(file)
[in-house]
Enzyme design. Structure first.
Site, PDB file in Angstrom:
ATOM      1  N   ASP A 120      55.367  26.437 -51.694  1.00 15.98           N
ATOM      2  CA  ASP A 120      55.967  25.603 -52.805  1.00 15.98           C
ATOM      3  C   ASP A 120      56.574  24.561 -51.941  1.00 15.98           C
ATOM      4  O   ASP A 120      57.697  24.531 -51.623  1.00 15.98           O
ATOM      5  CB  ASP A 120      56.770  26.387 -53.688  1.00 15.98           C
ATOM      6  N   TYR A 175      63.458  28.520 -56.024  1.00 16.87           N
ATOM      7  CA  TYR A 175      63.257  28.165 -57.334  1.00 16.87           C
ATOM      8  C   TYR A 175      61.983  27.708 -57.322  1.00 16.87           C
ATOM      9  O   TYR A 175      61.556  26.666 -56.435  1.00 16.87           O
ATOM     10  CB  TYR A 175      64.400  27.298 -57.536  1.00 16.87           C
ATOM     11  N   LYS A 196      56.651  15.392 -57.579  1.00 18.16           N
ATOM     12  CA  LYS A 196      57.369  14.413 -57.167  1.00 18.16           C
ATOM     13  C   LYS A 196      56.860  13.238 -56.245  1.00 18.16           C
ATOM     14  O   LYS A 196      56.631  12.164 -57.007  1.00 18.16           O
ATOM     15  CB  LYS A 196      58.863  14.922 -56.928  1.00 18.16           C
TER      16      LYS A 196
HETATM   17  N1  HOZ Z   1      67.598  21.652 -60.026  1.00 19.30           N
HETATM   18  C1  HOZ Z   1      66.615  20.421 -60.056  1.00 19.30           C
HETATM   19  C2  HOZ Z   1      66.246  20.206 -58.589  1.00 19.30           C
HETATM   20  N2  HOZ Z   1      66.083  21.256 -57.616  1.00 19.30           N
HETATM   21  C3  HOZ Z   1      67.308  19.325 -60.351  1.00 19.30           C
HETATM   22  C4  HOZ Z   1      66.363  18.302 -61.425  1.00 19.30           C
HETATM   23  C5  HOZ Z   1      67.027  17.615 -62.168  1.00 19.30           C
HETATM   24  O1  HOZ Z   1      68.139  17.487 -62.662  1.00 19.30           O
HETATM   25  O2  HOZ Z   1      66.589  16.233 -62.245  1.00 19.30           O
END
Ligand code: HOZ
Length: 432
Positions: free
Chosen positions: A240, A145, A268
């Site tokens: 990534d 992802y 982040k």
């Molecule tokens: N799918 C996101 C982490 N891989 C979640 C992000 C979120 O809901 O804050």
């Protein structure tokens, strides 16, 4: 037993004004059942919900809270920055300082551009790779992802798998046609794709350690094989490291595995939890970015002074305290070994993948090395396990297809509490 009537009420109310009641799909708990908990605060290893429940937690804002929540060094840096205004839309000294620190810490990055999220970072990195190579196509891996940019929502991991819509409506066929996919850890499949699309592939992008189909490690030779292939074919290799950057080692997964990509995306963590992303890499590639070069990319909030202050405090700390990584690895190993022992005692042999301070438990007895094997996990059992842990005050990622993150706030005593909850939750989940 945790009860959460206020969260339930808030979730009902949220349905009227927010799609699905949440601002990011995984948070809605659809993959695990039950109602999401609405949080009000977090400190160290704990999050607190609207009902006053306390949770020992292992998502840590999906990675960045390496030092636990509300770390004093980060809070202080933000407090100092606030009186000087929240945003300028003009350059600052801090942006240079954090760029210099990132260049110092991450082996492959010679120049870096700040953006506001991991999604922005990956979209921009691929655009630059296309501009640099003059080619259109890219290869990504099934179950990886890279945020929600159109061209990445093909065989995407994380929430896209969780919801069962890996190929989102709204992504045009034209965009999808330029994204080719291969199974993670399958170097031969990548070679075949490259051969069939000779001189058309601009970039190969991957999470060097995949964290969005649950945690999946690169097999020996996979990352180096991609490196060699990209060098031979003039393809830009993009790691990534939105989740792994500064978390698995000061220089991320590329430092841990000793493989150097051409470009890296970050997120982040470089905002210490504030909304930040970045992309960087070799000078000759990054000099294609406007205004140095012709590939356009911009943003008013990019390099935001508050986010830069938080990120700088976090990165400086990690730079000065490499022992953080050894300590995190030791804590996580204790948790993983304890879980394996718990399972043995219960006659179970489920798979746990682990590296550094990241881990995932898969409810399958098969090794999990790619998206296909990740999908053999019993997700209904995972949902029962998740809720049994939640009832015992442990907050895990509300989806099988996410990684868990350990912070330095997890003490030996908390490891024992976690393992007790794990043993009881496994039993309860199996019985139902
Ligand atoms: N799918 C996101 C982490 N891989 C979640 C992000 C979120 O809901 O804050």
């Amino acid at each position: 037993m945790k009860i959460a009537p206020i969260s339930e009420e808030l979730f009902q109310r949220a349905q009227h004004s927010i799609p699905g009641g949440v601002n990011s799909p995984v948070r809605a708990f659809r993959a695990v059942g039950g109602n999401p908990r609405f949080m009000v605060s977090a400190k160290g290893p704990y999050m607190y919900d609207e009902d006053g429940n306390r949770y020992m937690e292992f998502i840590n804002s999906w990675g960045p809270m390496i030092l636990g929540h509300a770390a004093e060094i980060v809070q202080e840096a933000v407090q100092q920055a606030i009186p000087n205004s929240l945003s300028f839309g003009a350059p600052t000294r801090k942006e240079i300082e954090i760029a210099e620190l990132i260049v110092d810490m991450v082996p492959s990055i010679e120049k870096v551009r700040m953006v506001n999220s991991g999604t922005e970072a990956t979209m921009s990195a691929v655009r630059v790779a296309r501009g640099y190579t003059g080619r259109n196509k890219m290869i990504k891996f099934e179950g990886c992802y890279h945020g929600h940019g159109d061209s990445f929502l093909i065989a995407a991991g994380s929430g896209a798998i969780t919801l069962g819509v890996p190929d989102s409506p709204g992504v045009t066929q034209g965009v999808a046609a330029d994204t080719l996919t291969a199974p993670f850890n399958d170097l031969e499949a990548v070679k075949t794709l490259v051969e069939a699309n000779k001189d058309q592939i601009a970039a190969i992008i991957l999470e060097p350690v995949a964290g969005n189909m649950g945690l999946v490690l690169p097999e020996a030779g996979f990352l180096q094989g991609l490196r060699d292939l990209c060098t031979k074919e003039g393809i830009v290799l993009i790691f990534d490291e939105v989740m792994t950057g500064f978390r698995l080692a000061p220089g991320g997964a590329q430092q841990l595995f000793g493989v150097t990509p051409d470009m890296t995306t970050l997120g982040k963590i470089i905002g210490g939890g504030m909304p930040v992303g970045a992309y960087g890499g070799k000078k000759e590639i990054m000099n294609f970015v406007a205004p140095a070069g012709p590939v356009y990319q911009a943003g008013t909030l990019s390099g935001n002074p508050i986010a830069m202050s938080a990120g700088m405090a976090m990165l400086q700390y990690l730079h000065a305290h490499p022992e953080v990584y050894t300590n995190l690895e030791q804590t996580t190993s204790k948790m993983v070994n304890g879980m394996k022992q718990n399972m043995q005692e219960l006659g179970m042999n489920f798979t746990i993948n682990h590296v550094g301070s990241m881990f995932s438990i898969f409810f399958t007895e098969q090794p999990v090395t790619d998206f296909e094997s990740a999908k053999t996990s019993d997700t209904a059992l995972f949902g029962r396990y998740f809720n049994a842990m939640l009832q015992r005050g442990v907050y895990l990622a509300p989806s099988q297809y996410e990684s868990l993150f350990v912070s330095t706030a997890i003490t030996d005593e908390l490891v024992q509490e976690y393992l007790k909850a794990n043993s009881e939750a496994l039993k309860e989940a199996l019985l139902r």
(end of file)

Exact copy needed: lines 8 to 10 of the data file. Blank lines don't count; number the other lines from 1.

ATOM      5  CB  ASP A 120      56.770  26.387 -53.688  1.00 15.98           C
ATOM      6  N   TYR A 175      63.458  28.520 -56.024  1.00 16.87           N
ATOM      7  CA  TYR A 175      63.257  28.165 -57.334  1.00 16.87           C